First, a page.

Every year, Punxsutawney Phil, Seer of Seers, Prognosticator of Prognosticators, is given a drink of magic elixir that gives him an additional seven years of life. This is how a mild-mannered groundhog has been able to continue living and predicting 128 years of weather. To the Creationists in the audience, this will sound like damn good science. But it’s sure to raise an eyebrow for the rest of us.
Your average groundhog, also known as woodchucks, ground squirrels, or “whistlepigs,” live between 2-4 years. This means it was most likely not Charlie I saw when I took the shuttle bus to Gobbler’s Knob on a rainy Superbowl Sunday morning. Attempts to contact the Groundhog Club for an answer went without response. Charlie was found on the side of the road by the mother of my childhood friend. His eyes weren’t yet open, and his mother or den were nowhere to be found. A life-long country mom, she put the infant in her truck and took him home.
In the wilds of Upstate New York, you find some interesting pets. Before I was born, my parents kept racoons, and at my grandmother’s funeral one family photo had my young dad holding a woodchuck. I didn’t give this a second thought until it was mentioned by my aunt. Before I was around, he’d domesticated rats, mice, and crows, and once unsuccessfully gave CPR to a dying fawn. He advised that adult woodchucks take a day or two of captivity before they become friendly, but you can have a baby sitting in your lap purring after only a couple hours of handling. I tried this myself once, but I couldn’t get the baby woodchuck to like me at all. After two days he escaped in the yard when I wasn’t looking and was never seen again.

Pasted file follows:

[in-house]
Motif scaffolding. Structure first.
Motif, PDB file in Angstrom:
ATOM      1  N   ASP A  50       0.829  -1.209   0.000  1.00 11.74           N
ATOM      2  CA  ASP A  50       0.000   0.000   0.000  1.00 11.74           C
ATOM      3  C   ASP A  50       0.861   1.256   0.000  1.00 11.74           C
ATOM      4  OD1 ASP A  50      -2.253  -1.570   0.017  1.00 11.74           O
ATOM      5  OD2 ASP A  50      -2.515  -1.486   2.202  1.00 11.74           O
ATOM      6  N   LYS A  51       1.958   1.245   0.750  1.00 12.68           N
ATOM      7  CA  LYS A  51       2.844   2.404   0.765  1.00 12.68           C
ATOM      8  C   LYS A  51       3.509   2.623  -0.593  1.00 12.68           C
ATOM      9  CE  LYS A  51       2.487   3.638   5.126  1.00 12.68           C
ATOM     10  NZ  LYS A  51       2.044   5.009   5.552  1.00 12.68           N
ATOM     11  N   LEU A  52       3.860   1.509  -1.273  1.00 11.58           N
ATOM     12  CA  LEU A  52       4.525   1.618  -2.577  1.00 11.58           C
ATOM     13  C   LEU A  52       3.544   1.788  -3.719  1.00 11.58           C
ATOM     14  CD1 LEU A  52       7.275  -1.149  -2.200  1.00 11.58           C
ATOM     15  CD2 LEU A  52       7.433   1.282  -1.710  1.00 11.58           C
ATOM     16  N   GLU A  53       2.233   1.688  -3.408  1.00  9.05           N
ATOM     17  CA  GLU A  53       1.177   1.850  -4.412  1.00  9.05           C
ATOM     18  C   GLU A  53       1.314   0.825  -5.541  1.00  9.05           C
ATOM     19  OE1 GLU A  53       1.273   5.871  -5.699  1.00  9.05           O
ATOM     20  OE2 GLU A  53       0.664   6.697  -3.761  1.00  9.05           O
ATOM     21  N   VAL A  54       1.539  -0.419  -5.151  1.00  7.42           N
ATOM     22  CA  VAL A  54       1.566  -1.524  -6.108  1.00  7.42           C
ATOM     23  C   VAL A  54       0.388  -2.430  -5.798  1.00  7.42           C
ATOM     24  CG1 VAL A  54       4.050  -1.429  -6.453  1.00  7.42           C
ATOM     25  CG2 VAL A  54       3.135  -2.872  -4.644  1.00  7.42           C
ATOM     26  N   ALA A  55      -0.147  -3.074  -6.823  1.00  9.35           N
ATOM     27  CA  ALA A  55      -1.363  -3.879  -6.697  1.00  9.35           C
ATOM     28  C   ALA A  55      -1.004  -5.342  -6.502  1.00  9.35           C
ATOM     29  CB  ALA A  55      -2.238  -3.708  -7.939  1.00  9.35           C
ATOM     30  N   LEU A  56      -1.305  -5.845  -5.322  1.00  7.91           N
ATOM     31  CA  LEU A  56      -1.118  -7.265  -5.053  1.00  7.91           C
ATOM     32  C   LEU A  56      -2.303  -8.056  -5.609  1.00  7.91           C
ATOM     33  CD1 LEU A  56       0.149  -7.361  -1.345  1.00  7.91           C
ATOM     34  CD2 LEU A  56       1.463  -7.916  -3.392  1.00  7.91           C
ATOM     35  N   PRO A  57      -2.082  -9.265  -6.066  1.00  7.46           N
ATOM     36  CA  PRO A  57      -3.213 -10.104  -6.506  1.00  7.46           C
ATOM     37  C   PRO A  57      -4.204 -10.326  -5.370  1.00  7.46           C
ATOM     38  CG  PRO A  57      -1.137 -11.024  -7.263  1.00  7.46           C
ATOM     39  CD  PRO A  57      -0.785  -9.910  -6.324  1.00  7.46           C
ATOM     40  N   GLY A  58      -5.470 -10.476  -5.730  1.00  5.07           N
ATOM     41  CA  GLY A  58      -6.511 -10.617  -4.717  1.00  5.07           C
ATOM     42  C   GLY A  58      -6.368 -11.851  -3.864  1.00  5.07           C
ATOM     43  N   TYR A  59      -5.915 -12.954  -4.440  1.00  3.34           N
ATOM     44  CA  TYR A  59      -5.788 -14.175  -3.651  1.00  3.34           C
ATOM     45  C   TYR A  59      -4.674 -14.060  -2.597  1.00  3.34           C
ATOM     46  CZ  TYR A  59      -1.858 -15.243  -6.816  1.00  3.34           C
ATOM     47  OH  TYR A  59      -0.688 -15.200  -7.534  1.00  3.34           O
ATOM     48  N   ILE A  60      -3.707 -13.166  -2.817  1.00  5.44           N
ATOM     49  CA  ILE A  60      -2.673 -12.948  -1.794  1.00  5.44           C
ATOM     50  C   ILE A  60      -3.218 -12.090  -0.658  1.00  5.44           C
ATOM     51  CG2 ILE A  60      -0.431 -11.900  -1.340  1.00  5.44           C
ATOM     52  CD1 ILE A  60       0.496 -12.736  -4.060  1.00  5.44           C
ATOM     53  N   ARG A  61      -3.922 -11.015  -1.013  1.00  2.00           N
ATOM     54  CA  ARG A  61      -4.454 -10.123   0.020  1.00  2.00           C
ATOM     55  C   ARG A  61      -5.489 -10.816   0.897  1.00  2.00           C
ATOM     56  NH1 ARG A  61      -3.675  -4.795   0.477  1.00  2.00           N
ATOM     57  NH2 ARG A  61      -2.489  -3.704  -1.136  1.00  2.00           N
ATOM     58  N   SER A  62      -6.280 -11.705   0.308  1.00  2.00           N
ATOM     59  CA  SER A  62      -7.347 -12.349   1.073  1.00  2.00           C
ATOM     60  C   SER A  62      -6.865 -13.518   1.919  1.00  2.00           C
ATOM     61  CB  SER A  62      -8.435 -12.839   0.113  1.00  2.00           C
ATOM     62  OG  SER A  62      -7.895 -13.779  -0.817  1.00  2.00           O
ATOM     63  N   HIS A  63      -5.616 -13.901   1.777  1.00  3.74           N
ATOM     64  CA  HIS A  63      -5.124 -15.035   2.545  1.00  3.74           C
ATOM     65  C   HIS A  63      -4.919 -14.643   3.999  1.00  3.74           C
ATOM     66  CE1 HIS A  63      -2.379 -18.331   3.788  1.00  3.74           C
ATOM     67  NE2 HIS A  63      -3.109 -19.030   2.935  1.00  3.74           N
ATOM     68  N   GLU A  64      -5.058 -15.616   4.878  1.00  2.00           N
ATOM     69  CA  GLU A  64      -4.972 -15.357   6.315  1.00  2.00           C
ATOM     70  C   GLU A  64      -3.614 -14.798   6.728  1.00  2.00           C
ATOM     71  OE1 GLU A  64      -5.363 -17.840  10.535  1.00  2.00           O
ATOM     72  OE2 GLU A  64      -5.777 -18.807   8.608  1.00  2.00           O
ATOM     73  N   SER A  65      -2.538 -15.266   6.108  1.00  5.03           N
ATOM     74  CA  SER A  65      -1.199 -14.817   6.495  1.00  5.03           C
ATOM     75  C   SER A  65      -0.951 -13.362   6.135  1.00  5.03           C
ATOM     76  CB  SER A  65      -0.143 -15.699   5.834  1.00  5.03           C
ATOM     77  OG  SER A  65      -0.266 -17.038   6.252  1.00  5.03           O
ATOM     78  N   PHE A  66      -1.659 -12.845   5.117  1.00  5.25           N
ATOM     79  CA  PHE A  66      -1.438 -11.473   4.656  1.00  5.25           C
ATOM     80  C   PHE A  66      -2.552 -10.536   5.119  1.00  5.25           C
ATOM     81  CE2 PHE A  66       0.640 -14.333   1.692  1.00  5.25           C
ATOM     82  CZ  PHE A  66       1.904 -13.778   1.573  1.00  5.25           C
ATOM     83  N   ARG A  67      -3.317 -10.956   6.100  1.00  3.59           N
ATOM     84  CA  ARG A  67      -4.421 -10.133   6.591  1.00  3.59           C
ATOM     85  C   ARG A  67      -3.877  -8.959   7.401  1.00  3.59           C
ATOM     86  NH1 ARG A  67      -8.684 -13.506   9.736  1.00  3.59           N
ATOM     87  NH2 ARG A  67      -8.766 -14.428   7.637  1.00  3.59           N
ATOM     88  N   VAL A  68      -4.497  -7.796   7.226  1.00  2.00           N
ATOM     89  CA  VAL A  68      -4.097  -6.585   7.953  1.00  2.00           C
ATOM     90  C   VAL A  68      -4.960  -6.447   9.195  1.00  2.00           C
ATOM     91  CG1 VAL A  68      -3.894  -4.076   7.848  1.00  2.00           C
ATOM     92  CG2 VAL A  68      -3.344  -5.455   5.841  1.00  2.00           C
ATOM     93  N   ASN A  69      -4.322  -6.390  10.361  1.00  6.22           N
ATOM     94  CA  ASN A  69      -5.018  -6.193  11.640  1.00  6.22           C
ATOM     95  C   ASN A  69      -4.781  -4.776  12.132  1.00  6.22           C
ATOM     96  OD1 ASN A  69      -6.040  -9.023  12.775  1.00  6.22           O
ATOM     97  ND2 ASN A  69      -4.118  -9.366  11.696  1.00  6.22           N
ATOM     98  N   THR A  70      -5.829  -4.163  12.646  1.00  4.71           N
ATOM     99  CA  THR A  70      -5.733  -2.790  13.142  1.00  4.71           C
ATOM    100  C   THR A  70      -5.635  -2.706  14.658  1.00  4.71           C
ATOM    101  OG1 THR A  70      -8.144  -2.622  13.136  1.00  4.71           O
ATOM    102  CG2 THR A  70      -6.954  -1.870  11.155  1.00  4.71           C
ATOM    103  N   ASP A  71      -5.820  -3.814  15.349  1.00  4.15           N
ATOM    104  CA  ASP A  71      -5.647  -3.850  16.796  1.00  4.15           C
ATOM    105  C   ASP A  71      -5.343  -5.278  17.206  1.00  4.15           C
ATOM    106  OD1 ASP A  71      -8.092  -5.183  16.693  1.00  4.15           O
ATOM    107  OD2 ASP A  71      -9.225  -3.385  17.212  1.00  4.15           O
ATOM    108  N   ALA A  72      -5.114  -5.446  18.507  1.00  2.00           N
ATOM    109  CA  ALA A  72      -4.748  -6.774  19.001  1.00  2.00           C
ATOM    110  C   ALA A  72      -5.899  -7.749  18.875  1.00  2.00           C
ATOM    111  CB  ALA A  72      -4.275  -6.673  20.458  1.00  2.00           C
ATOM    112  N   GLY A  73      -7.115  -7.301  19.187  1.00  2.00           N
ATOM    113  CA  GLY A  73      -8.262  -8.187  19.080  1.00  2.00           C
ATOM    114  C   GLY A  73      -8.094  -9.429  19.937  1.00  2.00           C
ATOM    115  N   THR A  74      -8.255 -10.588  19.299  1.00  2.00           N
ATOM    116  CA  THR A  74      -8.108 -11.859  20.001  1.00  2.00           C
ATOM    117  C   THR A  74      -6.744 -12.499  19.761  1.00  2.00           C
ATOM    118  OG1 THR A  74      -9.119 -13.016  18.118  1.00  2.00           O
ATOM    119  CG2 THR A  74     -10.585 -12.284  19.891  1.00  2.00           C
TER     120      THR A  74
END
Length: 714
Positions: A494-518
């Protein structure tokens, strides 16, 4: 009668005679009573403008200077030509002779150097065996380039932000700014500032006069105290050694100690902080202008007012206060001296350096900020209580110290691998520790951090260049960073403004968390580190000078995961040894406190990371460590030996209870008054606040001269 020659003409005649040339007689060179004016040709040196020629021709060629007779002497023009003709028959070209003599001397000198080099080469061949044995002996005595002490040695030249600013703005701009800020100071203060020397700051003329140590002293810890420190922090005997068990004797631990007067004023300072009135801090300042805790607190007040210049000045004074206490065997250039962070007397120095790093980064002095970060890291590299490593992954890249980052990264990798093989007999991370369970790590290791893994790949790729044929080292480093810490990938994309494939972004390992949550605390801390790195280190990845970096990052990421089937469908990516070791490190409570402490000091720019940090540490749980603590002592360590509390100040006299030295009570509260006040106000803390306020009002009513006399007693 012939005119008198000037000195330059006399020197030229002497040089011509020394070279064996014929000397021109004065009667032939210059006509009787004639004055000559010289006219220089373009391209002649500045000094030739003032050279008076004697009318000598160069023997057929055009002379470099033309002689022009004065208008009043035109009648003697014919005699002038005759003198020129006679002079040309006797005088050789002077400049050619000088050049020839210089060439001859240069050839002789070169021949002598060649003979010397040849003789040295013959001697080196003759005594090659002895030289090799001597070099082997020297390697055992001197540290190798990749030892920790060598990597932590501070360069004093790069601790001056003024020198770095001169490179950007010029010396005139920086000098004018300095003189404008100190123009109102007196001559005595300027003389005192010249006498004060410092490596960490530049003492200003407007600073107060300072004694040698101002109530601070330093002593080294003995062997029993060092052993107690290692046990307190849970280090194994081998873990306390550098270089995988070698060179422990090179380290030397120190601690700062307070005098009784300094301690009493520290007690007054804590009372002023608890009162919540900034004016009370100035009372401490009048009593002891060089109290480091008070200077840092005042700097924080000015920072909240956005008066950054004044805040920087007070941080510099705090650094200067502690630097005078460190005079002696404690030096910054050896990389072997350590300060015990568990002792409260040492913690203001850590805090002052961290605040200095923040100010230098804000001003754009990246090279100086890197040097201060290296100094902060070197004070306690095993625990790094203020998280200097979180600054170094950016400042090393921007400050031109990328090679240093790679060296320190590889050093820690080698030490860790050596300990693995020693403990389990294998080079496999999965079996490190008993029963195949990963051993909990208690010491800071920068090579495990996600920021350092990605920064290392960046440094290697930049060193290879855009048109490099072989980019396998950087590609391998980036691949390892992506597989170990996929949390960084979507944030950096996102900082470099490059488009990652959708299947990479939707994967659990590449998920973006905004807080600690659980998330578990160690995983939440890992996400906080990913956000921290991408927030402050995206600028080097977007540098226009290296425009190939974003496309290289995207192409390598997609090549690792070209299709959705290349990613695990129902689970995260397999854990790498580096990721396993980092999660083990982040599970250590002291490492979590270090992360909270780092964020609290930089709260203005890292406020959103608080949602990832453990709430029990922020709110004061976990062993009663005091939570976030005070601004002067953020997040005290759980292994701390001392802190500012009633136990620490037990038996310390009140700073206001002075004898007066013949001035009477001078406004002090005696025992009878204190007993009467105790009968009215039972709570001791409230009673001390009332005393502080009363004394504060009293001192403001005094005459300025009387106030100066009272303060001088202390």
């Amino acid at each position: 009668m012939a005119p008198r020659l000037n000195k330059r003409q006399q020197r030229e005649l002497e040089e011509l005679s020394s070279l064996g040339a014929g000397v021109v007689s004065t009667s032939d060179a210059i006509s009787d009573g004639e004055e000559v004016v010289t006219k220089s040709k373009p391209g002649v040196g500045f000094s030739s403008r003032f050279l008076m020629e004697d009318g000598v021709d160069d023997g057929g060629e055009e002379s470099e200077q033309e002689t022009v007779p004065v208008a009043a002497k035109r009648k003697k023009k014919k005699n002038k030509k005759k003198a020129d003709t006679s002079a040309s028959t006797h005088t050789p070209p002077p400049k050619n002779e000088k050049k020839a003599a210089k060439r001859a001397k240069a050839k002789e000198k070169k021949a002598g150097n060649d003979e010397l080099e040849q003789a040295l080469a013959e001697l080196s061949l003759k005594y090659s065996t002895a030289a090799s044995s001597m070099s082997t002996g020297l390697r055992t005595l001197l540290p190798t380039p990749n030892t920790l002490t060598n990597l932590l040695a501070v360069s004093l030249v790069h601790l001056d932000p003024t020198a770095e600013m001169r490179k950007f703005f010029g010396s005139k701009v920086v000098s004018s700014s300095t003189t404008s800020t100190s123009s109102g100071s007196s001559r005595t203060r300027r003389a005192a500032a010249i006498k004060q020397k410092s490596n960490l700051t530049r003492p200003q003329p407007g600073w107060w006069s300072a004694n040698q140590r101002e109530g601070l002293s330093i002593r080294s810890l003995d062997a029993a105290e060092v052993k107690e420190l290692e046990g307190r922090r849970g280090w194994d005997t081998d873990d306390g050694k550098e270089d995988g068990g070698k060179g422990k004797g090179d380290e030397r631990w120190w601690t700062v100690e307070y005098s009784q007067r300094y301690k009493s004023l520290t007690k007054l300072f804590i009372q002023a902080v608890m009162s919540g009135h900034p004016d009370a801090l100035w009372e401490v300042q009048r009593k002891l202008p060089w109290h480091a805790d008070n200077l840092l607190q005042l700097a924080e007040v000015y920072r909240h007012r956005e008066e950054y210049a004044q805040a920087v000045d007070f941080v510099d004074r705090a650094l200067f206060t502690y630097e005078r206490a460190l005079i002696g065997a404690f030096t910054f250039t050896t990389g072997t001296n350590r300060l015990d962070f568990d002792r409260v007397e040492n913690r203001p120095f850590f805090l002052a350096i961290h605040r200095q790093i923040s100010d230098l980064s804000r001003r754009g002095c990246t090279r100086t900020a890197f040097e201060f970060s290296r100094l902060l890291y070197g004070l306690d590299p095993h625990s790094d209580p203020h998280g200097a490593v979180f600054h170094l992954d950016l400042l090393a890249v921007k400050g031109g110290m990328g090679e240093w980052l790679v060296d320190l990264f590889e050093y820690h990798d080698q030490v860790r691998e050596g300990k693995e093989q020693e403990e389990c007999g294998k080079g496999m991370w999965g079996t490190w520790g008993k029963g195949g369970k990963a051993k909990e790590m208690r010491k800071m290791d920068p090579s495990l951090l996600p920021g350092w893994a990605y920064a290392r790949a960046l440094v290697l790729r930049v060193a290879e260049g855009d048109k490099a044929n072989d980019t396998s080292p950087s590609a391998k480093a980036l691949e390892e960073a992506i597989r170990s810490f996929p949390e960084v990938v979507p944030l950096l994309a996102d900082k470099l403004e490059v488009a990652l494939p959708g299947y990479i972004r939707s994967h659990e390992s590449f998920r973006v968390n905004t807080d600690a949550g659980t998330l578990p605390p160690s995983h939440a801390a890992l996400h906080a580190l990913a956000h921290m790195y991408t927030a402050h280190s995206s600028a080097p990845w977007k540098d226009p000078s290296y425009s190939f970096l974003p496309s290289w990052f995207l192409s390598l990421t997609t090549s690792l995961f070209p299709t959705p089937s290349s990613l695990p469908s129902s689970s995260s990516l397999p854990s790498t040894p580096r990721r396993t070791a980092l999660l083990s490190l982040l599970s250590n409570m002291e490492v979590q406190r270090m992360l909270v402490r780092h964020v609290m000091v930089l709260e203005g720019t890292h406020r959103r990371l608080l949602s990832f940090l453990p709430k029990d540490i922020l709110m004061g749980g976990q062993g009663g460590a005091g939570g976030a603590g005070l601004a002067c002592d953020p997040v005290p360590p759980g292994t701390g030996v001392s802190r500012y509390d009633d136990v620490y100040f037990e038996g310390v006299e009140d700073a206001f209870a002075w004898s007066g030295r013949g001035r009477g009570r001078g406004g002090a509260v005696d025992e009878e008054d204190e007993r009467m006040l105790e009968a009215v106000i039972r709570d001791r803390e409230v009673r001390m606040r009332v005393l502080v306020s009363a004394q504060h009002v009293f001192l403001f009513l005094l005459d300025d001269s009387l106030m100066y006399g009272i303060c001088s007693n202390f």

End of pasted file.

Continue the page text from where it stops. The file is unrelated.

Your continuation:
Humans were the only family Charlie ever knew, and he didn’t mind being an inside hog. He was fond of beer, pizza, and Fritos, but if you left him alone with a chocolate cake he would wreck the kitchen and chew holes in every wall. Through winter he hibernated in the closet. After his first birthday, Charlie was starting to feel his oats. He was becoming aggressive and couldn’t be kept in the house. Shooting him would have been more humane than releasing him to the wild. That’s when Charlie found the Punxsutawney Groundhog Club and went off to play Phil. He’s the most famous celebrity I know.
The closest hotel I could find was in Dubois (pronounced “do-boys”), 21 miles, or 36 minutes from the heart of the action. Skipping the Friday night Groundhog Ball, where the Groundhog Queen and King are named, I arrived in Punxy Saturday afternoon and parked in Groundhog Plaza. Every business had a cartoon groundhog on the sign. Tres Amigos Mexican Restaurant had three, all dressed in sombreros and bandoleers. One shop owner complained to another of the Amish, “They talk smack about Punxy Phil, but they’re out here today selling his stuff!”
Fiberglass Phils were all over town. Statue of Liberty Phil, Fire-Fighter Phil, and the original statue of Phil in the trademark top-hat and tails of the Groundhog Club’s “Inner Circle.” The largest crowd gathered to be photographed here. In front of the McDonald’s was a concept-art Phil, his plump stomach bearing a motif of a groundhog in his den, lapsed in a food coma from gorging himself on poisonous McDonald’s food. In the statue’s hand was the Extra Large box of french fries that did the damage.